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Product_catalog : School : LitLink : Grade08 : The Diary of Anne Frank, act 1
Interactive Literature Selections

Investigate, Inquire, and Imagine

Recall

1a. After the Franks and Van Daans have been in hiding for a while, Mr. Kraler approaches them with a request. What request does Mr. Kraler make of the families? How do different real-life characters react to the request?

2a. What happens while the families are celebrating the first night of Hanukkah?

Interpret

1b. Why, despite the already cramped quarters and limited food supply, do the two families accept Mr. Dussel into their hiding place?

2b. What effect does this occurrence have on their emotional states?

Analyze

3a. Analyze the relationship between Anne and her mother. How would you describe it? Find examples from the play that support your answer. Analyze the general relationship Anne has with the others in hiding. How would you describe Anne's interaction with the others? Find examples from the play that support your answer.

Synthesize

3b. How do Anne's interactions with her mother and the others in hiding give insight into the real-life character of Anne Frank? List five words that you think describe Anne's personality.

Evaluate

4a. Choose two characters from the play, and determine to what degree each character allows his or her circumstances to affect his or her personality and behavior. To what degree does each character maintain a sense of freedom? Explain.

Extend

4b. What are some of the actions and behaviors the real-life characters in the play rely on to deal with their circumstances? What conclusions might you draw about people in general from the actions and behaviors the real-life characters in the play exhibit?

Understanding Literature

Dialogue. Choose two real-life characters from the play and collect several examples of dialogue that reflect the personality or character of each. Using those examples—and others if necessary—compare and contrast the characters and their views on such things as being forced into hiding, religion, and the future.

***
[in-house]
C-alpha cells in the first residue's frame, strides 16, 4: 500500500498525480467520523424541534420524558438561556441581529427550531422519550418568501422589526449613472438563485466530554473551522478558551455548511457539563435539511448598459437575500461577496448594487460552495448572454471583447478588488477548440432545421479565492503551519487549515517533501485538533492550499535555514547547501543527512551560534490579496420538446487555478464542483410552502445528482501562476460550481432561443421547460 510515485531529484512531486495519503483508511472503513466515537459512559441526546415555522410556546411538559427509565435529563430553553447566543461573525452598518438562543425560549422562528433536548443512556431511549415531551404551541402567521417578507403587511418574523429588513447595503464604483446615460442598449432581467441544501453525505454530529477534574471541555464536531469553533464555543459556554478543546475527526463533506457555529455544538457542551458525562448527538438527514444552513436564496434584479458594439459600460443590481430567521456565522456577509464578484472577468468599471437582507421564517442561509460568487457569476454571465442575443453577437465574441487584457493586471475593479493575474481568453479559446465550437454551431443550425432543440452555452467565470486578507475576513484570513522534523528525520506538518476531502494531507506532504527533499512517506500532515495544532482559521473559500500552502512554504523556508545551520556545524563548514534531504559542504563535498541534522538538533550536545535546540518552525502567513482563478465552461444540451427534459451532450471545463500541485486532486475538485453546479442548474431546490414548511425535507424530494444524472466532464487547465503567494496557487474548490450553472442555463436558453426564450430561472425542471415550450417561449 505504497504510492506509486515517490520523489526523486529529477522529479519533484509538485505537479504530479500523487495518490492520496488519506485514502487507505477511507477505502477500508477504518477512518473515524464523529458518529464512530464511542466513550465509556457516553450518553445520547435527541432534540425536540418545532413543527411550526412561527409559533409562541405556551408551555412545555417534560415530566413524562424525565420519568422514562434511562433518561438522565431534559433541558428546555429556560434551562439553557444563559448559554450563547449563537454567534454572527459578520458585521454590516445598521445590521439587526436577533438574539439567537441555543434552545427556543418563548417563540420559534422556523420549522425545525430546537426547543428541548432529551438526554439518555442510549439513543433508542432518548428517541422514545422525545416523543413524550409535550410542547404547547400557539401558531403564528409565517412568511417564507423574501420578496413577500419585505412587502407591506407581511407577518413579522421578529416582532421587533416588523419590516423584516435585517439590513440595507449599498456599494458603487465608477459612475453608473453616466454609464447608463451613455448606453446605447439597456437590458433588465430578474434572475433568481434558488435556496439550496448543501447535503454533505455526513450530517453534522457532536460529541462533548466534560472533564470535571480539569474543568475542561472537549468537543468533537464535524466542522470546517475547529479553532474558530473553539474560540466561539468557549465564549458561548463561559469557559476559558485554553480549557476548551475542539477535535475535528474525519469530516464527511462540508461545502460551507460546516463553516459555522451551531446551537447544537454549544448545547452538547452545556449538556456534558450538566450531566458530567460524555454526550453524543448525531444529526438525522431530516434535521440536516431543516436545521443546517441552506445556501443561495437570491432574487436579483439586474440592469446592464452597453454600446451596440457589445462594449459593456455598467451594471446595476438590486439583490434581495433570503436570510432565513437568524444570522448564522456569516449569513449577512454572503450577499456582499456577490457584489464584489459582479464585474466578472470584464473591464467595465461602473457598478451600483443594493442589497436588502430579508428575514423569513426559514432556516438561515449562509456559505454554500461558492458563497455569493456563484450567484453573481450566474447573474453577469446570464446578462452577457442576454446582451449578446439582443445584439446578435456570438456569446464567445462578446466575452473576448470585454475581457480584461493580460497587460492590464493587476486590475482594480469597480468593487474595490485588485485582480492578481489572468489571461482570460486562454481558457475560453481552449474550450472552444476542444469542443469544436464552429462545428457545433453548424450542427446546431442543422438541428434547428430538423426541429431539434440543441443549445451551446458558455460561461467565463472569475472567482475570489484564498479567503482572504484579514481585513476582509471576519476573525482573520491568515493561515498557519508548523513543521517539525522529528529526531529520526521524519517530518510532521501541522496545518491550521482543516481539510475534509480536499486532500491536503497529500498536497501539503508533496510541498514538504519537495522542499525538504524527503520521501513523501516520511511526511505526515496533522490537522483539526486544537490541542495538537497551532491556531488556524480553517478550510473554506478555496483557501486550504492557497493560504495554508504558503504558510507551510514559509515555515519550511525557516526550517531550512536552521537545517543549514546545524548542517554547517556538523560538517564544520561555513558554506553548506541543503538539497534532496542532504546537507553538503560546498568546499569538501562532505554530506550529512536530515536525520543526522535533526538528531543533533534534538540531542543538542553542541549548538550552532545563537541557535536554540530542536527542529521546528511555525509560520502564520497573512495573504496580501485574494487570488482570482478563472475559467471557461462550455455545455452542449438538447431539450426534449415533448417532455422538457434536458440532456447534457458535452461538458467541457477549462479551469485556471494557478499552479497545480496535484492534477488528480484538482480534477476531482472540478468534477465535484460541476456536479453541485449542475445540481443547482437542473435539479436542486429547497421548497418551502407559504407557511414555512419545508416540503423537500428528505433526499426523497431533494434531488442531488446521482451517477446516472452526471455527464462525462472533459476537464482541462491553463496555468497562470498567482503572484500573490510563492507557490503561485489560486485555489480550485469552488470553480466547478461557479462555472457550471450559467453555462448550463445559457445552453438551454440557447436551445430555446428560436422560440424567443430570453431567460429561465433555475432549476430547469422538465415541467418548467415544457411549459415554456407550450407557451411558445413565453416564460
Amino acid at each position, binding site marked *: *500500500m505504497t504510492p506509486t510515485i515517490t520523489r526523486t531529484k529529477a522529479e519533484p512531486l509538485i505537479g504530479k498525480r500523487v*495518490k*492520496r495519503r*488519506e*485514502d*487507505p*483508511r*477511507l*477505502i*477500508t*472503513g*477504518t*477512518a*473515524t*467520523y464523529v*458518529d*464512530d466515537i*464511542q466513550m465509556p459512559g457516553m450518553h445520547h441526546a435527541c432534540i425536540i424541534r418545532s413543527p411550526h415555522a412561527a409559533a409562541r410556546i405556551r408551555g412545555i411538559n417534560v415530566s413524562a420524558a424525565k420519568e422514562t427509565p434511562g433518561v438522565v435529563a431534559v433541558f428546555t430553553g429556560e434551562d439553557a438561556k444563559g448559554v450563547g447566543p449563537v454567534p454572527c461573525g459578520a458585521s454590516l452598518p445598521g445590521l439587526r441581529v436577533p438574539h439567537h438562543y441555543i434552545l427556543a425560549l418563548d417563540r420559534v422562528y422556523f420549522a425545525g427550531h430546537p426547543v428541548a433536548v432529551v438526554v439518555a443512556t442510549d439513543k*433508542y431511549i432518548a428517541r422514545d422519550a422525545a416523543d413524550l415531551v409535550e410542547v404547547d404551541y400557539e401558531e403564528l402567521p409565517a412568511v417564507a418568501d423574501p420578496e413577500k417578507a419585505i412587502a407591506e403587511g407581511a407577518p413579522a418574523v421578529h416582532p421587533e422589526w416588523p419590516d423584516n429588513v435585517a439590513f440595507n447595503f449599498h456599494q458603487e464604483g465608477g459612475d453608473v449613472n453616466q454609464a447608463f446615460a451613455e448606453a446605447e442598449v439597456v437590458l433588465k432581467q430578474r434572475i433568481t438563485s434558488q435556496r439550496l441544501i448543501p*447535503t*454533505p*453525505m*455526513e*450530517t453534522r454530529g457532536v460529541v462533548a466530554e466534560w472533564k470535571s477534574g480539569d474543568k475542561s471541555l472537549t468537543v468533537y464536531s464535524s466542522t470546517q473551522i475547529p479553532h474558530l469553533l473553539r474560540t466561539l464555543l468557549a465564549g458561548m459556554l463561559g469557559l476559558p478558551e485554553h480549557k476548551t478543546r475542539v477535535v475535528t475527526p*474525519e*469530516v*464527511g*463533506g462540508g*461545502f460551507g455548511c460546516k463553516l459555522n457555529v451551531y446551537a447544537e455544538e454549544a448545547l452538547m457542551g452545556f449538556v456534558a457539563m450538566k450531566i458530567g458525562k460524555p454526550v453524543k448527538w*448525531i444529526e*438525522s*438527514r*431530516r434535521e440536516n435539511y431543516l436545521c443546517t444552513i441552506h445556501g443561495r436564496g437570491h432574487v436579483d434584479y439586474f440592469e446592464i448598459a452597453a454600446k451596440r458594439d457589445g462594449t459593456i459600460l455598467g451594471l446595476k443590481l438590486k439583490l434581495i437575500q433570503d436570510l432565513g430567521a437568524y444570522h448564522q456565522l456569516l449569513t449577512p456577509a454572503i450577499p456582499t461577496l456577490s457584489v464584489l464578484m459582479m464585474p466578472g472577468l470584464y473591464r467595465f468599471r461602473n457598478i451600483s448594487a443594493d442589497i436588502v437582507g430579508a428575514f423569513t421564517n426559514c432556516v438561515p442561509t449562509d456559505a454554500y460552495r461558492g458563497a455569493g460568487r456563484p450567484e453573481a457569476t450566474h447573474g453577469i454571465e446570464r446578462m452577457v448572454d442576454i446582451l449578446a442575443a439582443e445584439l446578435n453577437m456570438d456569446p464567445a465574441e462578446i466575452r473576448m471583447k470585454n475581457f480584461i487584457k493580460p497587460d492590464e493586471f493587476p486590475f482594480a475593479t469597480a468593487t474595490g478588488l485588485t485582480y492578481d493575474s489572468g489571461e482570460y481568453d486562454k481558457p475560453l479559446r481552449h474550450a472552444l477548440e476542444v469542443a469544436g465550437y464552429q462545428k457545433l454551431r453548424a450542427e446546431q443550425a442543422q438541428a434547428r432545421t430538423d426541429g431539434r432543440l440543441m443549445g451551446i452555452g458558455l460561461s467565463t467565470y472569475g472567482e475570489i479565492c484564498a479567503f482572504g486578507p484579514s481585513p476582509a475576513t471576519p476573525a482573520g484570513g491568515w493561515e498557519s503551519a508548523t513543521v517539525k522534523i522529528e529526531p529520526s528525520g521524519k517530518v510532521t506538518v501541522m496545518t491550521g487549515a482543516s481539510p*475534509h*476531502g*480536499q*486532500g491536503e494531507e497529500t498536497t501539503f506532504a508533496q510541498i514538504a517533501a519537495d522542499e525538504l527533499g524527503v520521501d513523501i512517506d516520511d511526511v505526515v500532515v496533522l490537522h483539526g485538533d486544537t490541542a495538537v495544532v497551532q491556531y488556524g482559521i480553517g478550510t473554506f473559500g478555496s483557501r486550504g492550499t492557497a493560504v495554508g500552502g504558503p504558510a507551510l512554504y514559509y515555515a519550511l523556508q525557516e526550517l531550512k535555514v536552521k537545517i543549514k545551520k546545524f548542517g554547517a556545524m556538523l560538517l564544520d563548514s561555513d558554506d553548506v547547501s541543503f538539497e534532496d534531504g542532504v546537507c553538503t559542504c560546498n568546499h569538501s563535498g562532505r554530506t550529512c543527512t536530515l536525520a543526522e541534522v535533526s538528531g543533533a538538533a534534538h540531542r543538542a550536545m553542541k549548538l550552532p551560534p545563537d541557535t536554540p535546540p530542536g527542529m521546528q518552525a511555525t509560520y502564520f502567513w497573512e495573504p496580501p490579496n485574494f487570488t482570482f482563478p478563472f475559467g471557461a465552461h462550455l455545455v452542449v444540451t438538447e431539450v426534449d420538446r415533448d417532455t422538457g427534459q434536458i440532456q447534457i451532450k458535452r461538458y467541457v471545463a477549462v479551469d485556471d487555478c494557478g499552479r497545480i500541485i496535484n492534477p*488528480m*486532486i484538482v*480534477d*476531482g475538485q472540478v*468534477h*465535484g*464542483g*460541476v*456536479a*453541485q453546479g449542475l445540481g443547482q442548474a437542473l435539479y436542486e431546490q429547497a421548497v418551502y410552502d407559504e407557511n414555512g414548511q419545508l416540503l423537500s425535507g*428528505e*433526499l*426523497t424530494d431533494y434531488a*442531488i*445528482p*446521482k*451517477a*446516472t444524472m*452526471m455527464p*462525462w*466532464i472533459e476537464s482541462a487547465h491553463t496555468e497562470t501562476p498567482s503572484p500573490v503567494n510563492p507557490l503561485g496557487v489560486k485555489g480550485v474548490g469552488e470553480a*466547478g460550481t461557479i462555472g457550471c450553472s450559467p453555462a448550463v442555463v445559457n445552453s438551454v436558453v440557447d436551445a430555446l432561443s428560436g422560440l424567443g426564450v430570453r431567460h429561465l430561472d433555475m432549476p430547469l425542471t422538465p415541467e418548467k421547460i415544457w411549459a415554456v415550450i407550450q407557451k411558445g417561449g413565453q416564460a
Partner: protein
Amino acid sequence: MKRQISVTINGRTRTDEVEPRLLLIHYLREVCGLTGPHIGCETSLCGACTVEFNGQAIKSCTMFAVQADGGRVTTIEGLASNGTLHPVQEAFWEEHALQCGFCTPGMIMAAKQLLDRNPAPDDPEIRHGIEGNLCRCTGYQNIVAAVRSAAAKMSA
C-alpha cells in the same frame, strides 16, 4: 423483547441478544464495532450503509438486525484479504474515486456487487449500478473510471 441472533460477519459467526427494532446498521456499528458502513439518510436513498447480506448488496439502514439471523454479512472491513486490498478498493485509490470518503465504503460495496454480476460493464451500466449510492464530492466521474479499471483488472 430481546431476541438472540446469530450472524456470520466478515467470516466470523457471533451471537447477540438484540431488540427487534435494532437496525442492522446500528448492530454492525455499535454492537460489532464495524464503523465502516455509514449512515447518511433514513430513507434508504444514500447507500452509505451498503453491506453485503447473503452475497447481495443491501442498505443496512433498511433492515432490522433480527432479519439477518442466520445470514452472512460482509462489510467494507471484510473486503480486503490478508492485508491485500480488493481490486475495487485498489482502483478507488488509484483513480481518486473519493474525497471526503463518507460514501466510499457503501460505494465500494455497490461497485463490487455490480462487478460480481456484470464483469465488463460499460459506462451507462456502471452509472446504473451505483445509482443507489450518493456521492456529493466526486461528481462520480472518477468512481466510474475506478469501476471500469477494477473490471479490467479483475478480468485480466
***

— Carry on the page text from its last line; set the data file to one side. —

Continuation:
Do you think the dialogue in this play is believable? Why, or why not?

Skill Builders

Vocabulary

Matching. Choose the answer that best defines each of the following words.

1. grave

2. vile

3. extravagant

4. mimic

5. satchel

6. scoffing

7. improvise

8. sparse

9. conspicuous

10. pantomime

11. quarrel

12. meticulous

13. intolerable

14. indignant

15. gratitude

Language, Grammar, and Style

Functions of a Sentence. Four different kinds of sentences express four different kinds of complete thoughts.

  • A declarative sentence gives facts. It ends with a period.
  • An interrogative sentence asks a question. It ends with a question mark.
  • An imperative sentence gives orders or makes a request. It ends with a period or exclamation point.
  • An exclamatory sentence expresses strong feeling. It ends with an exclamation point.

Label each sentence below declarative, interrogative, imperative, or exclamatory sentences.

1. Did you take out the garbage?

2. Kick the ball!

3. I'm leaving at noon.

4. I studied all night.

5. My grandma is moving to Utah.

6. Read the short story carefully.

7. Are you awake?

8. I feel ill!

9. Does the movie start at eight?

10. The computer bombed!

Prereading page
About the Author page
Reading Strategies page
Selection
Vocabulary from the Selection page
Guided Reading Questions page
Postreading Worksheet page
Test Practice page
Internet Resource Center page
Selection Audio

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